Mazin: Definitely. Well the last question I wanted to ask you guys was about the gentrification of Brooklyn. Obviously Brooklyn’s changed a lot over the past ten years. How do you feel that’s gonna impact the future of Hip Hop that comes out of Brooklyn?

Skyzoo: I think it’s gonna be a huge impact, and I’m dead smack in the middle of gentrification. Where I’m from, I’m in Bed-Stuy borderline Clinton Hill. I grew up a block away from Biggie. Literally, same street, everything. Just up the block.

Mazin: Wow.

Skyzoo: Everything he talked about in Ready to Die was happening in my neighborhood when I was 11, 12, 13 years old. That album was based on events going on around that time. When I was running to the store, when I was going to the park to play ball, or when I was trying to get a girl to come in the staircase with me. Those things were happening at that time. I saw all that stuff as a little kid. So, I say all that to say it’s completely different now, to an extent. You still have incidents, you still have things that are going on but the change, especially in my hood, is ridiculous. It’s literally, you can see one type of person getting what they need to get a high for a couple hours, for lack of a better word, and walking right by them could be a Lily-White family with a Maclaren stroller. That’s my neighborhood! You know what I mean? That’s my neighborhood every single day and it’s amazing. I’m not a fan of gentrification. When I say amazing, I don’t mean that in a great way. I mean that in a shocking way. I’m not a fan of gentrification, only because of who it pushes out. Not because of the good that it does for the community. Because I’m all about my hood getting cleaned up. I saw my hood go through it and now to see it getting cleaned up somewhat, I’m all for it. But they’re not cleaning it up for us, and when I say us, I mean the folks that look like me. They’re cleaning it up to get us out and get people who don’t look like me to feel comfortable and safe enough to move over here and enjoy what they’ve done.

You know if you’re pulling gentrification off to clean up the neighborhood, bring jobs to the community, you got the Barclay [Center] and all that, you tearing down people’s houses to bring jobs to the community with the Barclay and you’re putting these bars up, putting restaurants and you’re bringing the cops around and you’re cleaning up crime and you’re cleaning up the garbage in the street and all that. That’s great. But what happens to the lady who’s 80 and she’s been here since she was 30? She doesn’t get to enjoy that? You know, that’s my stance on it. They’re pushing us out by skyrocketing the rent. Making it impossible to live over here after they’ve already turned it clean. After they’ve already done ‘the right thing with it. And I’m not a fan of that at all. You know?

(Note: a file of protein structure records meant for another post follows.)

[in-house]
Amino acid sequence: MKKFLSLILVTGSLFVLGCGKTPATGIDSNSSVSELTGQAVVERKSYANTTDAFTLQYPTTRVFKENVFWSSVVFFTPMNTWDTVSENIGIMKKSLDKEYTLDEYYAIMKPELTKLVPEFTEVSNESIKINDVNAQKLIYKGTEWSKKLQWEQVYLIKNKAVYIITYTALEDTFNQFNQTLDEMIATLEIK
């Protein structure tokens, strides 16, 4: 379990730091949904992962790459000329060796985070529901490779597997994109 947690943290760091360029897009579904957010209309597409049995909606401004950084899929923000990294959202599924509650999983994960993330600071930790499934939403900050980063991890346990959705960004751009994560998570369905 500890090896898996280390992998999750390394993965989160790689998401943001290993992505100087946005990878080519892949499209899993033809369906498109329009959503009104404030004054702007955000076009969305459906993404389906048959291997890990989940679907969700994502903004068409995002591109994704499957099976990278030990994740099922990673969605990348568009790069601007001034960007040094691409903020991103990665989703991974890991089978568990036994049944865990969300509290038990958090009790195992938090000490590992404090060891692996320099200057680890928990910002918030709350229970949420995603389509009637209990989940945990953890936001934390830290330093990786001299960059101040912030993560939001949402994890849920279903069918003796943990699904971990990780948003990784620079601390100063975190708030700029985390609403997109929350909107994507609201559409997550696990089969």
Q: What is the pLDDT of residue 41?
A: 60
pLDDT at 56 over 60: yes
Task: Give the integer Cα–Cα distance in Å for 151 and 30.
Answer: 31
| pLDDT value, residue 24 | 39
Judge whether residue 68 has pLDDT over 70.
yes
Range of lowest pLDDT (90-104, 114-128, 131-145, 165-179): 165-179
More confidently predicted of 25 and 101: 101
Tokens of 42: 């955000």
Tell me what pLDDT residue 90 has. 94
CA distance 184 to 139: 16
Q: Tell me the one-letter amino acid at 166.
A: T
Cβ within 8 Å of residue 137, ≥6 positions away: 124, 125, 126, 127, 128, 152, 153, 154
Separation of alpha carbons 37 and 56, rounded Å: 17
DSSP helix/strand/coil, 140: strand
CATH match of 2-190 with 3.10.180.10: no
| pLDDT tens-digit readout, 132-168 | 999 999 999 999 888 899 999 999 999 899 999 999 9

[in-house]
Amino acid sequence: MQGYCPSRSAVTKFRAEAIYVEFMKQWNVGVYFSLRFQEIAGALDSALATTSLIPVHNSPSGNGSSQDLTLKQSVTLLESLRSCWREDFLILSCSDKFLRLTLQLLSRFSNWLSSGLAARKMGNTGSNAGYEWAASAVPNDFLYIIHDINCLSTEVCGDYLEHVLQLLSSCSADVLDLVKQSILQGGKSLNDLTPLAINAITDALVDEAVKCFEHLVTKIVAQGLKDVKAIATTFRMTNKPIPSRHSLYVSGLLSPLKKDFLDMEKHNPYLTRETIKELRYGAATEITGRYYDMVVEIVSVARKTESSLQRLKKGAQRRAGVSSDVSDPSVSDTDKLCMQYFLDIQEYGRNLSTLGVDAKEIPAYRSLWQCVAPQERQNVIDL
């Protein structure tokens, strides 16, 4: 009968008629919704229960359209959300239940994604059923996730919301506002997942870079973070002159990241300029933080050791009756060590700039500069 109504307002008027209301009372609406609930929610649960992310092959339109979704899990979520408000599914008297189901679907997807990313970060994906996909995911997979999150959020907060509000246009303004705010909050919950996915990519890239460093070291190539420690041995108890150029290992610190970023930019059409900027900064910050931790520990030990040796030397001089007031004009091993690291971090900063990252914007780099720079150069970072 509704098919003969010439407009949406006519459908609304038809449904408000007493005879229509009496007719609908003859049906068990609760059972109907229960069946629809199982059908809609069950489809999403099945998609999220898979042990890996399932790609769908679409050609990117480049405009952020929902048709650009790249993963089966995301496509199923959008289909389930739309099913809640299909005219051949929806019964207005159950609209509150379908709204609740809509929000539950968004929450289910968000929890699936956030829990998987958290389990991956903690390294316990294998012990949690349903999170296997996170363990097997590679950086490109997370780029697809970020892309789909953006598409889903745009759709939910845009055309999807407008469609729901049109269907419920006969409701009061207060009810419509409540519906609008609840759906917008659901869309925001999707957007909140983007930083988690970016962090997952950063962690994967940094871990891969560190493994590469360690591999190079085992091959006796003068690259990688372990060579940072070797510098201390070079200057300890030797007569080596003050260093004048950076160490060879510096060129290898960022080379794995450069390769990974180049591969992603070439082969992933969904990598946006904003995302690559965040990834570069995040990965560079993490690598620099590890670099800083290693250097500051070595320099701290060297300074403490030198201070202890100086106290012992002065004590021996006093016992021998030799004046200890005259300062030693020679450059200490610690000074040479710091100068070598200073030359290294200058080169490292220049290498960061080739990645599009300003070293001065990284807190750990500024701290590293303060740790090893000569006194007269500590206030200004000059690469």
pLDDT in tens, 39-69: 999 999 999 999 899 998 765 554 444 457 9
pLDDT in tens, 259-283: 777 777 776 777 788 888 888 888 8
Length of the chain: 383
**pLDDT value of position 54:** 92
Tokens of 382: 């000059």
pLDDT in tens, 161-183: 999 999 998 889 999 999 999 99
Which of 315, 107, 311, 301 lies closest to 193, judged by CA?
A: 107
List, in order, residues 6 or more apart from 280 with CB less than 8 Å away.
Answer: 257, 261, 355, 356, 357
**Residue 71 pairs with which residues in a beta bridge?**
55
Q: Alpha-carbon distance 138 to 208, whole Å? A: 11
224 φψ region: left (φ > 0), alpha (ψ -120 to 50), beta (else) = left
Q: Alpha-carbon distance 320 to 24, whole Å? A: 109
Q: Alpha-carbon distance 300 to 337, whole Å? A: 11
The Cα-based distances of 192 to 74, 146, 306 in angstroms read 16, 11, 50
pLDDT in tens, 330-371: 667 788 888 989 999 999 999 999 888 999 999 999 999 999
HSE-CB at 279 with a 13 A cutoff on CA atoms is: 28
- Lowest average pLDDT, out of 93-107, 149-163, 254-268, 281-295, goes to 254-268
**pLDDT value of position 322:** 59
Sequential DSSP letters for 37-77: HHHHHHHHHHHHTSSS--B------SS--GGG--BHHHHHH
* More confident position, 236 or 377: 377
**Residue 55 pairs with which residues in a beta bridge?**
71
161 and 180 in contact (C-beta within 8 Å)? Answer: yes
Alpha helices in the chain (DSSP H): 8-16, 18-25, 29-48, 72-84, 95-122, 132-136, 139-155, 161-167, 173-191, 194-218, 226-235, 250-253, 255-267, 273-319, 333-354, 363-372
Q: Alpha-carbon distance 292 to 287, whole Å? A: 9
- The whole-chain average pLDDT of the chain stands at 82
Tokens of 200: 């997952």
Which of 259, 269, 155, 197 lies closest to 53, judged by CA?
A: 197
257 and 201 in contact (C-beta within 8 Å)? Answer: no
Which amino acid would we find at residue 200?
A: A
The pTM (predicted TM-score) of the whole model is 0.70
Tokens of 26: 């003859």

Torae: Definitely, from a community stand point and from a musical standpoint. Even though we were coming up in the 90s, just kind of finding our way in the 90s, we were influenced by what was going on in the neighborhood. We were influenced by the hustlers, we were influenced by the fly-girls, we was influenced by the music that was being played. All of those things make up what our whole package is about. It defines as human beings and who we are as people, who we are as artists and I think that gentrification of the borough, for cats coming up nowadays, when they get to their mid-20s or what have you, they don’t have the same Brooklyn experience that we had at 15. They won’t have the same story and I think that will be at the detriment of the city. It’s not the same. It doesn’t stand out. You know, I’ve been all around the world. I see hipster communities in the middle of Poland and Russia. The things that make the city, the city, make the town, the town, once you start to wipe away some of those traditions, then the community loses its identity.

When I moved out of Coney Island, all my neighbors was Russian, you know? And normally they would be in the Brighton Beach area, but they were literally living right next door to where I was living. I think that overall… it’s almost like a time capsule; you wanna put something away and bury and pull it out in 20 years from now and see what’s what. I think 20 years from now, a Brooklyn time capsule would encompass a whole bunch of different things and it wouldn’t necessarily reflect the Brooklyn that we all grew to know and love.

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About Mazin Sidahmed